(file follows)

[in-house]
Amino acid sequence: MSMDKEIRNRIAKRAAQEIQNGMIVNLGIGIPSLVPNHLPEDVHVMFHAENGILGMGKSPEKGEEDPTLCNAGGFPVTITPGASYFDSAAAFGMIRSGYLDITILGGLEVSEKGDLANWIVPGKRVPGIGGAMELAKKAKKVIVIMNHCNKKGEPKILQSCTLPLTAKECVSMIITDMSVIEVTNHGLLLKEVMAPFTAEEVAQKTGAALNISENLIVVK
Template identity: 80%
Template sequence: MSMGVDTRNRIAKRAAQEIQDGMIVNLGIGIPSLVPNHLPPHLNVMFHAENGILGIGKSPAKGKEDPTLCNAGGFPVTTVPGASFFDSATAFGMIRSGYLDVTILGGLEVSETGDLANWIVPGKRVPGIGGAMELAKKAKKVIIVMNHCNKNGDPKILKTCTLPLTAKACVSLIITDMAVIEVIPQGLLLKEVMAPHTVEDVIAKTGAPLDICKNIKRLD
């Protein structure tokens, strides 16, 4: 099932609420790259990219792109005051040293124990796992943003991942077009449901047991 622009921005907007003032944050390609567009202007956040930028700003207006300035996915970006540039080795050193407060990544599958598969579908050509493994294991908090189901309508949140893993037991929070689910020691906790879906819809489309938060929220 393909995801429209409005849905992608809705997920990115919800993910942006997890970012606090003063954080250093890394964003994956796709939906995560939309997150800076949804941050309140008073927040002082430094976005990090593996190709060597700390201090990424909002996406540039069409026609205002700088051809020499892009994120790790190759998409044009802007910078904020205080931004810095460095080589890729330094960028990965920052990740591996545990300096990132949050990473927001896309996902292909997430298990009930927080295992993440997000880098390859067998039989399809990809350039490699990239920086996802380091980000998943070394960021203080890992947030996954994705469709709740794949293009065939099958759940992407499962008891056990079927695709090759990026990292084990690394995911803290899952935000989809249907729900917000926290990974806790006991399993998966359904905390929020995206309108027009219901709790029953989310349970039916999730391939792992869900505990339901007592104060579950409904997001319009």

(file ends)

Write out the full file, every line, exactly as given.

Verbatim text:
[in-house]
Amino acid sequence: MSMDKEIRNRIAKRAAQEIQNGMIVNLGIGIPSLVPNHLPEDVHVMFHAENGILGMGKSPEKGEEDPTLCNAGGFPVTITPGASYFDSAAAFGMIRSGYLDITILGGLEVSEKGDLANWIVPGKRVPGIGGAMELAKKAKKVIVIMNHCNKKGEPKILQSCTLPLTAKECVSMIITDMSVIEVTNHGLLLKEVMAPFTAEEVAQKTGAALNISENLIVVK
Template identity: 80%
Template sequence: MSMGVDTRNRIAKRAAQEIQDGMIVNLGIGIPSLVPNHLPPHLNVMFHAENGILGIGKSPAKGKEDPTLCNAGGFPVTTVPGASFFDSATAFGMIRSGYLDVTILGGLEVSETGDLANWIVPGKRVPGIGGAMELAKKAKKVIIVMNHCNKNGDPKILKTCTLPLTAKACVSLIITDMAVIEVIPQGLLLKEVMAPHTVEDVIAKTGAPLDICKNIKRLD
């Protein structure tokens, strides 16, 4: 099932609420790259990219792109005051040293124990796992943003991942077009449901047991 622009921005907007003032944050390609567009202007956040930028700003207006300035996915970006540039080795050193407060990544599958598969579908050509493994294991908090189901309508949140893993037991929070689910020691906790879906819809489309938060929220 393909995801429209409005849905992608809705997920990115919800993910942006997890970012606090003063954080250093890394964003994956796709939906995560939309997150800076949804941050309140008073927040002082430094976005990090593996190709060597700390201090990424909002996406540039069409026609205002700088051809020499892009994120790790190759998409044009802007910078904020205080931004810095460095080589890729330094960028990965920052990740591996545990300096990132949050990473927001896309996902292909997430298990009930927080295992993440997000880098390859067998039989399809990809350039490699990239920086996802380091980000998943070394960021203080890992947030996954994705469709709740794949293009065939099958759940992407499962008891056990079927695709090759990026990292084990690394995911803290899952935000989809249907729900917000926290990974806790006991399993998966359904905390929020995206309108027009219901709790029953989310349970039916999730391939792992869900505990339901007592104060579950409904997001319009």